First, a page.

Photo by Beth Herzhaft
Mary Yukari Waters’ characters emerge from her stories like delicate watercolor portraits, detailed enough to be recognizable but never overdrawn. There is no excess in her narratives, no drama, no superfluous preposition or adjective. And yet the tales in her book, The Laws of Evening, are never spare and cold, never burdened by self-consciously great writing. Instead, each of the 11 stories turns out to be humbly, almost accidentally inspiring, as if Waters had set out to tell plain stories about the lives of Japanese civilians before, during and after World War II — for their own sake and without any lofty purpose — and inadvertently unearthed a mine of enduring truths about the consequences of history. It is as if she even surprised herself.
In “Aftermath,” a war widow named Makiko observes how the Americans “switched, with dizzying speed, from enemy to ally”; just so, her little boy, Toshi, playing the newly imported American game of dodge ball, turns on his former teammates “without the slightest trace of allegiance.” In “Mirror Studies,” an elderly man with a heart problem, Kenji, describes his failing brain function as “clean lines of scientific thought tangling in the kelp of his personal sorrows.” One is tempted to characterize such writing as uniquely Japanese, but Waters’ storytelling feels more universal: Her characters may be specific to another country and other conditions, but there’s nothing foreign about their pain or their determined efforts to dispel it. In “Kami,” a widow named Hanae begins every day with ballroom dancing, heeds the diet wisdom of TV doctors, and programs music to fine-tune the day’s moods. In another context she’d be ridiculous, but not here: As our knowledge of Hanae’s personal misfortunes accumulates — an infant lost to crib death, a loving husband lost to the war — her defiant insistence on joy shames us all.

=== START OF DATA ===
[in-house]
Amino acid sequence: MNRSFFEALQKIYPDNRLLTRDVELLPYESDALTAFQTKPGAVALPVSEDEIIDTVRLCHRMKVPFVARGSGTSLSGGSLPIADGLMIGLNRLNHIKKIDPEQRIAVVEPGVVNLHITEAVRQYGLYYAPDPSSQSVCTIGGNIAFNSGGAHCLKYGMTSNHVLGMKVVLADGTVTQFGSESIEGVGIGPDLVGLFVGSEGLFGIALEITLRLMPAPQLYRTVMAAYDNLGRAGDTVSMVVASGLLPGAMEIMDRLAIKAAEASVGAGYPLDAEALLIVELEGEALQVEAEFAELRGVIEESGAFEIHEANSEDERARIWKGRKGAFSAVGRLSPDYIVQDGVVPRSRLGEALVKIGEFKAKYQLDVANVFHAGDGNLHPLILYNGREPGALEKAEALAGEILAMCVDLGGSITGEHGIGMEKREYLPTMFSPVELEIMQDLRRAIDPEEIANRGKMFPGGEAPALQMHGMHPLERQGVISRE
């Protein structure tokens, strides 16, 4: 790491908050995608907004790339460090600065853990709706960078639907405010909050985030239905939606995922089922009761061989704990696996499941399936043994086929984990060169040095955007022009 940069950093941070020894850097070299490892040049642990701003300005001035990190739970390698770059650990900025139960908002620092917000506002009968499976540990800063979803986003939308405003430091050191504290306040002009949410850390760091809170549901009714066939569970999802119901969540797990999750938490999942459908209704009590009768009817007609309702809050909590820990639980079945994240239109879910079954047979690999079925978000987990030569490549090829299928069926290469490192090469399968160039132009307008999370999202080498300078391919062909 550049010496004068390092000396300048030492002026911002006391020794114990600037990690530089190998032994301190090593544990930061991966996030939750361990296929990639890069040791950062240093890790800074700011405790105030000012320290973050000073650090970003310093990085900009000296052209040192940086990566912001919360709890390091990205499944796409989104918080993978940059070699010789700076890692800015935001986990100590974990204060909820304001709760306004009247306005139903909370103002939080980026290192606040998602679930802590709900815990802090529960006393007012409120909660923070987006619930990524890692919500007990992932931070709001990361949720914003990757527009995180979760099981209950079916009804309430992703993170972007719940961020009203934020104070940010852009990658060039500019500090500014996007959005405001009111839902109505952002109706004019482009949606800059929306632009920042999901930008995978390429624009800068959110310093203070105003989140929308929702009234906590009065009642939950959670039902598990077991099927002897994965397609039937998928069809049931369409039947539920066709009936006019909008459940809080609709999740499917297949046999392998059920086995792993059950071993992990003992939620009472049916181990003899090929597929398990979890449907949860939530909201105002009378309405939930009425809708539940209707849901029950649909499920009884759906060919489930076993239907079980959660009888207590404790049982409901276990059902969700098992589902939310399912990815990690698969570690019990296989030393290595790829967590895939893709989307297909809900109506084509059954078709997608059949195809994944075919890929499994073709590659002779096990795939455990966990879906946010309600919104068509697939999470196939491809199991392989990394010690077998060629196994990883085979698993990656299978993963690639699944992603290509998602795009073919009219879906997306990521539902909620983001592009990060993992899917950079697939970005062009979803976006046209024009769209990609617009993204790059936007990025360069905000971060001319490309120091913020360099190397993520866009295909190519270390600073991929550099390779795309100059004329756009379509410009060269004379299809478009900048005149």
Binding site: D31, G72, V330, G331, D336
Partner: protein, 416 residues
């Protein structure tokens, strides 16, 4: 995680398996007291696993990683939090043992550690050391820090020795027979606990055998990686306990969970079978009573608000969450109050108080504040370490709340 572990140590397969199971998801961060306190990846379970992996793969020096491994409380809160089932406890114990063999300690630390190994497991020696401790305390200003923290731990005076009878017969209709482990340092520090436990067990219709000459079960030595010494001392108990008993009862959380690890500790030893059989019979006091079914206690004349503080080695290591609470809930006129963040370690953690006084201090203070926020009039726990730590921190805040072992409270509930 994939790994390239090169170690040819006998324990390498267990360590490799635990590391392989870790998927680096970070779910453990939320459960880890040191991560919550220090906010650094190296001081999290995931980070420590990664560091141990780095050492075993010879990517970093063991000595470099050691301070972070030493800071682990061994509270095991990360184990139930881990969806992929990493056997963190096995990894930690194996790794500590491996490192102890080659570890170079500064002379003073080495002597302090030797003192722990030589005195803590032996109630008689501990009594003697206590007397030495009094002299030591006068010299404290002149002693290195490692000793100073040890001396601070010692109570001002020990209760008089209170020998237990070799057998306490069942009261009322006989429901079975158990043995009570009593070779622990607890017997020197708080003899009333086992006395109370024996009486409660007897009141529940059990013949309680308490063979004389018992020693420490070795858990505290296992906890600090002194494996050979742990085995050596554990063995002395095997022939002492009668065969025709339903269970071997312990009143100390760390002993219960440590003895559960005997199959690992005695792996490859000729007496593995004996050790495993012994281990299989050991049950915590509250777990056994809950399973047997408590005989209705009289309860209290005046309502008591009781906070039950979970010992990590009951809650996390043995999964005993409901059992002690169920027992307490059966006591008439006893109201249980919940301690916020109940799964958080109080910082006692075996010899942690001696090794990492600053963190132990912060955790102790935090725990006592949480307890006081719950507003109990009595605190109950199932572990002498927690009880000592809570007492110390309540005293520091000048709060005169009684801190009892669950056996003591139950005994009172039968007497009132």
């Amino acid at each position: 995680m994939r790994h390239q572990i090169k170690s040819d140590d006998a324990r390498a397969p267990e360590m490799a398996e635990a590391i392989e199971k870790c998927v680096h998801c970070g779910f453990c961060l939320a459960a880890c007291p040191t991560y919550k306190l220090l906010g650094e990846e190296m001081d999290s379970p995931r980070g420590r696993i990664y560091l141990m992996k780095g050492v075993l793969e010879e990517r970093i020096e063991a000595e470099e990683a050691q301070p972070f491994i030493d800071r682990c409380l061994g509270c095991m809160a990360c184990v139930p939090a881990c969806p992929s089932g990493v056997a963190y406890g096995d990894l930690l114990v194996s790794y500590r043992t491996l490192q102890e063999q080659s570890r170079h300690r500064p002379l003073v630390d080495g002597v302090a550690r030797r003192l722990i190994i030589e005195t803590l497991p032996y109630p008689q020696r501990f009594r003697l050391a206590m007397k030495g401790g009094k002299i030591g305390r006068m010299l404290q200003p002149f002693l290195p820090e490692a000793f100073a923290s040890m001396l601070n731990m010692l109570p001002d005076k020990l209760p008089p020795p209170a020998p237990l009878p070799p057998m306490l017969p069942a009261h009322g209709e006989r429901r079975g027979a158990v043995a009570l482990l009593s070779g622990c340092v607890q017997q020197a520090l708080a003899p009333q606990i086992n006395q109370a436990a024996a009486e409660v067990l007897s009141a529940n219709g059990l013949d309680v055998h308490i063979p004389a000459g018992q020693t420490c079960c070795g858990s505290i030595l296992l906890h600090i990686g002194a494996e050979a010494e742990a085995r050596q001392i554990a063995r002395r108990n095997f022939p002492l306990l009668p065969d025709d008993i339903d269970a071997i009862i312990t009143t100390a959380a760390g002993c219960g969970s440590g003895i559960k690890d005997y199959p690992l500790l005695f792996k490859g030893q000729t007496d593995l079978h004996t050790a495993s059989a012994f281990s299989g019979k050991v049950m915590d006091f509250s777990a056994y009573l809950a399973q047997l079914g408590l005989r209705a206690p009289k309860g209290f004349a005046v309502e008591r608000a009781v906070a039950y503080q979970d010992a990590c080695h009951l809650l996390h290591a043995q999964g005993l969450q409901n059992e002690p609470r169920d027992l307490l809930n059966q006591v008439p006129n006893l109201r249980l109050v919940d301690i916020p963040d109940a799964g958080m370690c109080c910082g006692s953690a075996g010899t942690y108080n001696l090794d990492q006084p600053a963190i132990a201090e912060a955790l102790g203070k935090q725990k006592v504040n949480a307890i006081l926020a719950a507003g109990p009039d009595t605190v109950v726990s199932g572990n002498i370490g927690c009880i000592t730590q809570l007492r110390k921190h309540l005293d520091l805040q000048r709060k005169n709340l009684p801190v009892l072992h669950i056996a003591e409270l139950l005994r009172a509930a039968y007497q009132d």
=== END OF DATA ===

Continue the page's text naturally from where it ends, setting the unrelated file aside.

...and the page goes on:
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Organized in chronological order, from just before the war to many decades after, the stories in The Laws of Evening (Scribner) cover the vast chasm between those who stage wars and the individual lives disrupted and ruined by them. Even Makiko, who scolds her son for taking candy from American soldiers, can articulate the terms of Japan’s surrender. Waters has chosen not to write about the shapers of history but rather the ordinary people who struggle to love their lovers and raise their children and look on the bright side of a world gone dark with death. One quotes the poet Masahide to remind herself how: “Since my house burned down/I now own a better view/of the rising moon.” In the lives of these fictional survivors, Waters offers us a valuable lesson in living.